No marks – Part 2: Adage

In  my previous post, I mentioned that it was usually warm up/plié that were exercises which were frequently unmarked. WRONG! Shortly after writing that article, I played for two classes with hardly any marking from the teacher. A bit of finagling got me through the classes, but I ran into trouble with the adage.

In these situations, I aim to be like a plumber with a toolbox – not knowing what tools you need for the job, one must be prepared with a selection of the most commonly used ones. A single adjustable wrench can be far more useful than a few of fixed sizes.

With no choreography to help me choose music, I whipped out my ‘adjustable wrench’: a bog-standard  nice adage tune  of medium tempo,   suitably useful harmonic progressions to support a variety of muscular tension and releases, …..AND one which I could play in different keys! (Never underestimate the importance of this. An unseen adage could go on for 32 counts on each side. If you pick a tune that is only 16 counts long and have to carry on for a total of 64, the fourth repetition of the same tune in the same key will have dulled dancing ears and minds, and feel heavy. Horror of horrors, what if there is a second group straightaway after the first…)

It didn’t work.

As I played, I could see that the choreography called for an interesting variety of sharp and strong dynamics set as highlights amongst the usual soft movements.  My adage music (a barcarolle-like tune) was like a gentle creature of no great convictions. What was needed was more along the lines of a charismatic revolutionary with rousing oratorical skills. I changed the music to Monti’s Czardas and things finally fell into place.

Teachers frequently set steps purely from a technical point of view without reference to any particular music. They then ask for a piece of adage music in the hope that what they’ve set fits the dynamics suggested by the music . As Tamara Rojo said in the recent BBC documentary ‘Good Swan, Bad Swan: Dancing Swan Lake’- both Odile and Odette do arabesque and pirouettes. It is HOW the steps are done that differentiates one character from the other. (Perhaps another reason to practice stronger port de bras if nurturing potential Odiles…..). In this case, the same adage exercise done every day to different pieces of music should be an invaluable way to develop the dancers’ artistic responses. Vocational schools do this all the time by setting the exercise on Monday and then adding to it as the week goes on.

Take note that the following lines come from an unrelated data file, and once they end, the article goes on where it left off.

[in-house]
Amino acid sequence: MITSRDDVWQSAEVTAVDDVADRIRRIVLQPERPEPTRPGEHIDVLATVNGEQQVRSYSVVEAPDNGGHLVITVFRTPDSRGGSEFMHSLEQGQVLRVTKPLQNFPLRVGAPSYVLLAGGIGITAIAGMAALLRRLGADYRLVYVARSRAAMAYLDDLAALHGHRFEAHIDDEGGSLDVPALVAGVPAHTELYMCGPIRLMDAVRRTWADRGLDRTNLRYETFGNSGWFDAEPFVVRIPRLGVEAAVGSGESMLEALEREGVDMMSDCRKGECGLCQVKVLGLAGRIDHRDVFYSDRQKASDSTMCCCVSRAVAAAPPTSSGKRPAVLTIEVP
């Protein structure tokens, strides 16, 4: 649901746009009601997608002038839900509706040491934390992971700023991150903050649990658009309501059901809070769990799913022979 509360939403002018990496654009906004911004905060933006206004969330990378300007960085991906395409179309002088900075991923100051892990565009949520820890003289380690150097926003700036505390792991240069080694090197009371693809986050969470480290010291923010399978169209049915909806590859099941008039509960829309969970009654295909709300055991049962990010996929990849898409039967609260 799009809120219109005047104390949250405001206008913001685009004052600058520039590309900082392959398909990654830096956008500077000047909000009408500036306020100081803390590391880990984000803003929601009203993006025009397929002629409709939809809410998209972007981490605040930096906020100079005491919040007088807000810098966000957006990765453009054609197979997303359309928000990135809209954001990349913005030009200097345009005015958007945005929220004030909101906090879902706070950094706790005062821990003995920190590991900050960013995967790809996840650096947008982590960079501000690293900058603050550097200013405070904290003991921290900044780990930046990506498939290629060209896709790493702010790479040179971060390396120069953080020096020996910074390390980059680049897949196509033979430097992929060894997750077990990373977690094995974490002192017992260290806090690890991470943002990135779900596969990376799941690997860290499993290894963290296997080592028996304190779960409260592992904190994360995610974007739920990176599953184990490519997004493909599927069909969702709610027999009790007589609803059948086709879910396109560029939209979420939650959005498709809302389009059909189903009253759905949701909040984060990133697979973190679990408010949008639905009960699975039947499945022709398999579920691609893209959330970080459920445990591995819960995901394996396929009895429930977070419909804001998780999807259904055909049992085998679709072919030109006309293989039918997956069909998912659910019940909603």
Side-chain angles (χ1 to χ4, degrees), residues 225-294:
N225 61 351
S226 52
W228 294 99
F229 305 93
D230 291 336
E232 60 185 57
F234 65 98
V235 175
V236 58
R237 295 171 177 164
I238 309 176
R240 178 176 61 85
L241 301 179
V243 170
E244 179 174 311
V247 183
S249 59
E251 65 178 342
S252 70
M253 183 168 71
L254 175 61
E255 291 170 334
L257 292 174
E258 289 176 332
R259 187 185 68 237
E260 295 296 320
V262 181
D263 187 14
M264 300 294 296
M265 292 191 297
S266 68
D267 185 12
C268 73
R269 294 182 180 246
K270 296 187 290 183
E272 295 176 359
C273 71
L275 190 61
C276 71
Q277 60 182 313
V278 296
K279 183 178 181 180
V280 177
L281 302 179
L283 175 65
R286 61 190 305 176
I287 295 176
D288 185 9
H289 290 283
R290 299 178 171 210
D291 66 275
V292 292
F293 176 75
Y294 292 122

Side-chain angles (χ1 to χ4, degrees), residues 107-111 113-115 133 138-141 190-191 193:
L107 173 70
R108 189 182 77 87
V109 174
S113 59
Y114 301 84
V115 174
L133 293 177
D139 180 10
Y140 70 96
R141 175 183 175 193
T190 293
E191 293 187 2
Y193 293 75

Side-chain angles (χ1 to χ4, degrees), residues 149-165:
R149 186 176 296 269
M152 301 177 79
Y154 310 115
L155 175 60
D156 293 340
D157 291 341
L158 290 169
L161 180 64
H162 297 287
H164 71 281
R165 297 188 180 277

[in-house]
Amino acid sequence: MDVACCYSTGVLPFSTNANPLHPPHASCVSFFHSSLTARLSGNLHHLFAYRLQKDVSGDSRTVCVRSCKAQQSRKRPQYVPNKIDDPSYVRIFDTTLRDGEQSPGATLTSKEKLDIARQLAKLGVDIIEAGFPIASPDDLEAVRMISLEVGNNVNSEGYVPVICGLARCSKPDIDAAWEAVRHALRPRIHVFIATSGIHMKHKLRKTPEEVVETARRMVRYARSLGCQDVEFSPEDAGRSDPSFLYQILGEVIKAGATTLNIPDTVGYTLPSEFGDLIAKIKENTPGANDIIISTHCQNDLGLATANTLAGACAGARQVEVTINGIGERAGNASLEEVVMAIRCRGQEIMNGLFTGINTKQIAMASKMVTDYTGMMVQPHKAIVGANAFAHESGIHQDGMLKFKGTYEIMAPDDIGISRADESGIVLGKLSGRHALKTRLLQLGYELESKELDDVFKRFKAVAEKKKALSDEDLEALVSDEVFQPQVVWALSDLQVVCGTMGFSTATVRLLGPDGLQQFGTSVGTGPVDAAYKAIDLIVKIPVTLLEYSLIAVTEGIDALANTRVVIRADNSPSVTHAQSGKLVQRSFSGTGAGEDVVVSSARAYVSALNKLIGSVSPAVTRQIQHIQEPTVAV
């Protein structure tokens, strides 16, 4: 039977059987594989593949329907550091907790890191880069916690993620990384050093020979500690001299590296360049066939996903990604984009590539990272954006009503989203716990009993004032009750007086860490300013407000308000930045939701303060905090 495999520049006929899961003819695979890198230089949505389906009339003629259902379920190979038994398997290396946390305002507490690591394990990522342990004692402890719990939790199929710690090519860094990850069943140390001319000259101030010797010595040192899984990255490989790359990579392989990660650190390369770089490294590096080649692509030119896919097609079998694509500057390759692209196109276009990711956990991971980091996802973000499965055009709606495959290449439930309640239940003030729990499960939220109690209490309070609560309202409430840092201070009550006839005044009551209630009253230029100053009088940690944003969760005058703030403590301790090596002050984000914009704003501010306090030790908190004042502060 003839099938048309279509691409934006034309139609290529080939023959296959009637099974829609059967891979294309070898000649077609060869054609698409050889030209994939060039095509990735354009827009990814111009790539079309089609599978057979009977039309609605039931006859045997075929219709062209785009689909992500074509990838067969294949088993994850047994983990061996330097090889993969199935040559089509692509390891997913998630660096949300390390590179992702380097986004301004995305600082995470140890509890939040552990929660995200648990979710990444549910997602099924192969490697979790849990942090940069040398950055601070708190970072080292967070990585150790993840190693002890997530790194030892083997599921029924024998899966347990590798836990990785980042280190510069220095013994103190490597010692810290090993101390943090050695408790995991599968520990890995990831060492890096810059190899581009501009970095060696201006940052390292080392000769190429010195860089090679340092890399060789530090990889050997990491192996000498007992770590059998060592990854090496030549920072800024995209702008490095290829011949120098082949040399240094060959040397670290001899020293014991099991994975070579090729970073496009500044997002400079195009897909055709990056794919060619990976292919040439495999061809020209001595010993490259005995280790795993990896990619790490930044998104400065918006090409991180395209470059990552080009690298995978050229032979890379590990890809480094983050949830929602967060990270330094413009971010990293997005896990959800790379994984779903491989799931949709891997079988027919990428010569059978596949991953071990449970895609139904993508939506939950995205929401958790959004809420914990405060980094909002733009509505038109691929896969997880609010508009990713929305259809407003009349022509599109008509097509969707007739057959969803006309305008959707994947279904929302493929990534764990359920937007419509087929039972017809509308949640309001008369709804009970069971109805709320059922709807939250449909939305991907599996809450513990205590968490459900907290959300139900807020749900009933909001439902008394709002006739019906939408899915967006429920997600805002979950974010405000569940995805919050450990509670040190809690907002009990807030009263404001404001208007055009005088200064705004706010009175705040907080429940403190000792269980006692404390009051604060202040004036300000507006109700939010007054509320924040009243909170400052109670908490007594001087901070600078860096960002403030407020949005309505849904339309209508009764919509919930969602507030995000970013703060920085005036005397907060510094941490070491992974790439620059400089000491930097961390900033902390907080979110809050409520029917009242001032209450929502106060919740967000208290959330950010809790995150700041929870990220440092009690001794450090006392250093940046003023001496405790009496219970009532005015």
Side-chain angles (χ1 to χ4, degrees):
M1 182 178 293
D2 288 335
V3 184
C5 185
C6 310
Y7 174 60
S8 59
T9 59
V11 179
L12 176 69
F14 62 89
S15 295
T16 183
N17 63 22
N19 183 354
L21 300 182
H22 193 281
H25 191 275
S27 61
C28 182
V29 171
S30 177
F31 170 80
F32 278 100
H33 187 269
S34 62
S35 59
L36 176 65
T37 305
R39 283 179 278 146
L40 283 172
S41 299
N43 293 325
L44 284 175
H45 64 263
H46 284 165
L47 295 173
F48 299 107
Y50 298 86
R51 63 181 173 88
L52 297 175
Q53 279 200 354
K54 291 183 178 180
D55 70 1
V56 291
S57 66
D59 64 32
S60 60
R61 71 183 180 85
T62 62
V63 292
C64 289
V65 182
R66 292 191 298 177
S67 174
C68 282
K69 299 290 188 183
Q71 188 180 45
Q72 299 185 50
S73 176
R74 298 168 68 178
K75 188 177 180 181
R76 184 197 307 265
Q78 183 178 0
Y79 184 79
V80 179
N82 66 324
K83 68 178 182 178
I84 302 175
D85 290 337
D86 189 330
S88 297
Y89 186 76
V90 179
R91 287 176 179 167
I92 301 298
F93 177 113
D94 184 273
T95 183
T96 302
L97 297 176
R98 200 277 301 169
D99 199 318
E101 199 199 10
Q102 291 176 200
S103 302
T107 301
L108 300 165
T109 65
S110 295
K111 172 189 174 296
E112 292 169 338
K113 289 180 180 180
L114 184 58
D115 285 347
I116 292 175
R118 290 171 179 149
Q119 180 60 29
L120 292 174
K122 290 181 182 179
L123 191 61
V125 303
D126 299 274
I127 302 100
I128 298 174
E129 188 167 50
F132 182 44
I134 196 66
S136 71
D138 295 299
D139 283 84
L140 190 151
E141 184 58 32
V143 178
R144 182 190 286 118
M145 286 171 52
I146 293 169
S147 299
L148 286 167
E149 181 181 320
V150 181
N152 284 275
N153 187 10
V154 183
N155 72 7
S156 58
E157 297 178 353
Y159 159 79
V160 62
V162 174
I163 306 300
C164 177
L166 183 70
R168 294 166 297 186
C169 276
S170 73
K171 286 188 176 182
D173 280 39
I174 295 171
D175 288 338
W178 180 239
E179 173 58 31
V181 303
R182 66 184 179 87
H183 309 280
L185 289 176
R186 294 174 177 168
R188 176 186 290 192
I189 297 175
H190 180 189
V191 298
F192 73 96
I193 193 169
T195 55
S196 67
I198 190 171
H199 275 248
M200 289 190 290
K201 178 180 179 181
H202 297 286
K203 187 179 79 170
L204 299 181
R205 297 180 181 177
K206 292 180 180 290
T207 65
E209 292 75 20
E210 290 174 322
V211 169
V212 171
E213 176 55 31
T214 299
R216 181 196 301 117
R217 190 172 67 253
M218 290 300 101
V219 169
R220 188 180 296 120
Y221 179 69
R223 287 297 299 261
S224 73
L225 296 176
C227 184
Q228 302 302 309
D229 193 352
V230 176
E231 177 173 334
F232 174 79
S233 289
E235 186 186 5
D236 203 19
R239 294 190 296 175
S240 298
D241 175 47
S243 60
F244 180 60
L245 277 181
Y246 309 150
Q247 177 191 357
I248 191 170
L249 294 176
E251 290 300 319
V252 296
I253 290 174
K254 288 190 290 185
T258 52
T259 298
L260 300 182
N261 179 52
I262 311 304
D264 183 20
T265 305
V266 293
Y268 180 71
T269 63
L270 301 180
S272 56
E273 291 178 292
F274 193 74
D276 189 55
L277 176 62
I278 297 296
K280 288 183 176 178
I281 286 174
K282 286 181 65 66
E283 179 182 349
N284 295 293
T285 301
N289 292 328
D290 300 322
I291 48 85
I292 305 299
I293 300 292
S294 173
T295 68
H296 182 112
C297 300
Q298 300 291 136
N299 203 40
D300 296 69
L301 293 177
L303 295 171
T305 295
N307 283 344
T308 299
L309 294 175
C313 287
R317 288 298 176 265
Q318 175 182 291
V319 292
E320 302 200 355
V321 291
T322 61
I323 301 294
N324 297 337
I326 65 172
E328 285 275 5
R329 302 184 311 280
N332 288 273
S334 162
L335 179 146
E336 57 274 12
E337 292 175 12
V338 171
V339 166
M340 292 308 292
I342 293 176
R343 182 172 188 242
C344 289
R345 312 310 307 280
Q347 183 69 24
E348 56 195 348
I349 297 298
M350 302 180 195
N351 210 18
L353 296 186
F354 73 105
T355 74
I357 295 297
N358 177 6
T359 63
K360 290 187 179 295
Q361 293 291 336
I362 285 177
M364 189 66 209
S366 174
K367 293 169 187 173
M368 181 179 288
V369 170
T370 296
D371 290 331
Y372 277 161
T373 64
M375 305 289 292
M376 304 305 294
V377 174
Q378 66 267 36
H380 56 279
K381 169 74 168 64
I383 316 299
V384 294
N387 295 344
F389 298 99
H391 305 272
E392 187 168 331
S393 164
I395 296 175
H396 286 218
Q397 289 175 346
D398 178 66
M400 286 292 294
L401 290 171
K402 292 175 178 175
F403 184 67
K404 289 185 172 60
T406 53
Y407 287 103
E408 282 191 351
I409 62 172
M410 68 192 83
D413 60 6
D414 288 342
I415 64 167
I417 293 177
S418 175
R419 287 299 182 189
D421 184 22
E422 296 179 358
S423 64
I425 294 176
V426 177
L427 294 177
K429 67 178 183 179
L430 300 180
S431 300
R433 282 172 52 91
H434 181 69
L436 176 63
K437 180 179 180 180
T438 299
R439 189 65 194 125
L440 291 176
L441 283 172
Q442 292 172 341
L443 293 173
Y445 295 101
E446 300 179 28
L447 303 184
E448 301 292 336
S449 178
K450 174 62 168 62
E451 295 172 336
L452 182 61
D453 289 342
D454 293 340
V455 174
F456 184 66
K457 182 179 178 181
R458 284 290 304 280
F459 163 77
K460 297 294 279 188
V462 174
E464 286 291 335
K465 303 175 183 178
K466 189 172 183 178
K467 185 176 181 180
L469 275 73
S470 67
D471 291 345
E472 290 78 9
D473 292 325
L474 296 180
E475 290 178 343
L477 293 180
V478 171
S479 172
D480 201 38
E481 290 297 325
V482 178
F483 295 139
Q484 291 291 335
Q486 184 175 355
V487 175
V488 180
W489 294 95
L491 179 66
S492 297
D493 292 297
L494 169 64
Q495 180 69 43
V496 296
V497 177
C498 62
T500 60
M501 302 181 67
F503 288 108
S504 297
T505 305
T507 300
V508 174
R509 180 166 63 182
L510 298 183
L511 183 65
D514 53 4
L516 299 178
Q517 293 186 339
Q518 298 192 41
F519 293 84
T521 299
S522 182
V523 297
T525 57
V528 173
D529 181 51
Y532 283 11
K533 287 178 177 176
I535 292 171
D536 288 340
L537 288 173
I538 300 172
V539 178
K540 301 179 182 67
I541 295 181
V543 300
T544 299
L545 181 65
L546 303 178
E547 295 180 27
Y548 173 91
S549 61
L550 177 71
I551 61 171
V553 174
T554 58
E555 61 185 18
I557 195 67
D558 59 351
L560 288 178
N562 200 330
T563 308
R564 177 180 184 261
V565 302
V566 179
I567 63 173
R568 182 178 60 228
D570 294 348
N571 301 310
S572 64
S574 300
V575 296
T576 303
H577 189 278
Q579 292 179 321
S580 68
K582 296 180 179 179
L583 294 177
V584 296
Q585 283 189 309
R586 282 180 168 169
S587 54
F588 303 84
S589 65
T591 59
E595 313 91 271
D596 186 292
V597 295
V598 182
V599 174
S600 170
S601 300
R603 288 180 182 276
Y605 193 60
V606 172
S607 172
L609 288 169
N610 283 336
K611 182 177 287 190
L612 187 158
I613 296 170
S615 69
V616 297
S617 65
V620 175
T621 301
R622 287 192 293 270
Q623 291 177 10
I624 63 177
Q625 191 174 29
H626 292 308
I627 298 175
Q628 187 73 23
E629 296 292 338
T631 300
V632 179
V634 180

Other times, teachers want inspiration from music and wait to hear a musician’s offerings before setting a combination. If we know this to be the case, we musicians should rise to the challenge.  Try choosing music from different styles and eras. If you’ve already tried the usual Romantic era suspects like Quando m’en vo and O mio babbino caro, how about exploiting the stillness of the slow movement theme from Beethoven’s Pathetique Sonata, the nobly elegant qualities of Grieg’s Sarabande from Holberg Suite, or the improvisatory and exotic sound world of Bartok’s Buciumeana from  Roumanian Folk Dances?

Not all adage music are equal and there are finite amounts by which you can speed up/slow down a piece of music.  There will come a point when too much slowing down makes the music laboured and the thread of melody gets lost. Too much speeding up and dynamics/harmonic tension become ironed out of the texture. The essence of a particular piece of adage music often lies in its harmonic content. The ear needs time to perceive tensions/resolutions created by dissonances resolving to consonances. Most teachers do not know this and assume that they can simply ask for any piece of music, adjust tempi accordingly while the hapless pianist is in full-flow and then complain that the music doesn’t feel right.